With the horrific death of yet another young woman in Iowa, the country is left scrambling for answers.
We know why Mollie Tibbetts, Celia Barquin Arozamena and so many other young women were killed: they were in the way of a man who viewed them as inferior, or who simply had the “urge to rape and kill a woman.” So the question we are left trying to answer is this: How do we prevent more deaths?
The answer is not in telling women to do something more, something differently or something better. Although it’s important that women take actions to be smart and protect themselves, we cannot put the impetus for this change on the victims.
But defiant posts on the internet declaring men simply need to “stop killing women” aren’t going to do it either. It seems to me the type of man who would read something like that and think “yeah, this applies to me” isn’t going to hold back on his violent, misogynistic impulses because a stranger on the internet told him to. No, the cultural shift we need is going to happen with our generation and mostly in the way we raise our kids.
The fact is most men, like most women, are good people. But they’re people who have been raised in a culture that tells them, in little misogynistic ways, that women are worth less than them; that women can be categorized by their body parts, that women are worth less salary, that women owe them sex, that a woman who isn’t afraid to be in charge is automatically a b***h.
This phenomenon is called implicit bias, and it’s something that we all have. Implicit biases are based on societal cues that cause us to unconsciously stereotype a group of people.
When you watch action movies and the only purpose of the women is to serve as love interests, or look at the leaders of our country and see only men, or grow up idolizing musicians who only seem to care about women if they provide sex, it’s not hard to take these cues and ingrain them into your subconscious.
But, as I said, most men are good people, people who can recognize these biases and do their best to eliminate them. The real problem develops when someone who already has violent tendencies grows up in this kind of culture. If you’re prone to violence or sadistic tendencies and society tells you to hate women, it’s an easy jump to take those violent tendencies out on women.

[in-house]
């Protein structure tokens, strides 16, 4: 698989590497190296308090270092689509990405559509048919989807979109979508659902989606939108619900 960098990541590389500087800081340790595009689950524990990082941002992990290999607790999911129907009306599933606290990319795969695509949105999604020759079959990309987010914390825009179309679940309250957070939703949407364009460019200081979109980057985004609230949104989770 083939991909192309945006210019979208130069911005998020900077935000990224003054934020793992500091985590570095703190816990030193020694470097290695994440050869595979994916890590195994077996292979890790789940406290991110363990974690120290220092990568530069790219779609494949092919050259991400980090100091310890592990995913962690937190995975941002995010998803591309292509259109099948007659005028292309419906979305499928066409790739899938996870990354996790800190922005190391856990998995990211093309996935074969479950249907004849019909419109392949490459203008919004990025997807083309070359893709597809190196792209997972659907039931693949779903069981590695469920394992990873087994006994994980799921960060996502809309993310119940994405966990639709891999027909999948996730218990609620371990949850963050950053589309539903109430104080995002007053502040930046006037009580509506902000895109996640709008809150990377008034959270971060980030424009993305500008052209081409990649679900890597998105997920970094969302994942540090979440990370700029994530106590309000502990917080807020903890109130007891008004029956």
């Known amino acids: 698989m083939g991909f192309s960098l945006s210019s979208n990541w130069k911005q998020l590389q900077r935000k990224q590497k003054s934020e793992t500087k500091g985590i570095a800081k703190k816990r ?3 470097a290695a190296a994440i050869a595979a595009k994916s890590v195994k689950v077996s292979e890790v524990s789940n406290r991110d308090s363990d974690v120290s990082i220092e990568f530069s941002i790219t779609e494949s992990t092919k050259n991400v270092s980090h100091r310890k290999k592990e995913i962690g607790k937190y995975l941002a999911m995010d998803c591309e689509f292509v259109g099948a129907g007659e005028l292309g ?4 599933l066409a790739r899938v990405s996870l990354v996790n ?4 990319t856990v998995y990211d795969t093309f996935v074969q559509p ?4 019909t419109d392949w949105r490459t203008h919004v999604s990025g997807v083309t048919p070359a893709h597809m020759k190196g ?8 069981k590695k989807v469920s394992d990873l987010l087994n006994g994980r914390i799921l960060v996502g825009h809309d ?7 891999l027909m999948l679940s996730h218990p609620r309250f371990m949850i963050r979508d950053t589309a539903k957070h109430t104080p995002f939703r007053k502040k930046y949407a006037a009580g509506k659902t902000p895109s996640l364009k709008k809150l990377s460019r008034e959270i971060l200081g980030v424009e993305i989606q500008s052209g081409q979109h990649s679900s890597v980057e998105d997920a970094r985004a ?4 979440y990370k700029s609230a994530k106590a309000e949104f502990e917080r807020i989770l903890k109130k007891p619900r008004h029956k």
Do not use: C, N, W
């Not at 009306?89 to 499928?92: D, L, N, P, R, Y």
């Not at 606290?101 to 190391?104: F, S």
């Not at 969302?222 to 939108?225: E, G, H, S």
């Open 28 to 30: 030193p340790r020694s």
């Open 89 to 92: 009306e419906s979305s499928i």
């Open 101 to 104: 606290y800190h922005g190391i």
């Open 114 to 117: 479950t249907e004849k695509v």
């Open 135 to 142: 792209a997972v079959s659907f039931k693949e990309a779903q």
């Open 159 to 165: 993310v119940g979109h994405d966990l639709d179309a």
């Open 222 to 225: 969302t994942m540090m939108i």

So we’re back at square one: how do we prevent men like Collin Richards, who had been arrested multiple times and likely will never be persuaded to change his misogynistic view of the world, from attacking and killing women? The long story short of it is that we can’t. But we can do our best to prevent this generation and the next from growing up with the same view of women that caused Richards and Cristhian Rivera and so many others to take their victims.
Doing so is going to take a cultural shift (one that, thankfully, has already started). It’s going to take seeing more women in places of power, women represented in pop culture not as sex objects but as fully developed people, believing women when they come forward with stories of sexual assault, and valuing their safety and comfort and contributions to society just as much as we value mens’.
The impetus is on us as a society to change the way our culture treats women, and it’s also on us as a generation to raise our children with a better perspective. Don’t tell your daughter that if a boy is being mean to her, it means he has a crush on her. Don’t tell your son boys don’t cry. Raise boys and girls the same way, and above all raise them to have respect for each other and to recognize misogyny when they see it.
We as a culture are making progress on the path to gender equality. But the past month in Iowa has been a terrible reminder to us all that we still have a long way to go, and our work will not be finished until women no longer have to fear a horrible death while doing something as innocuous as playing golf.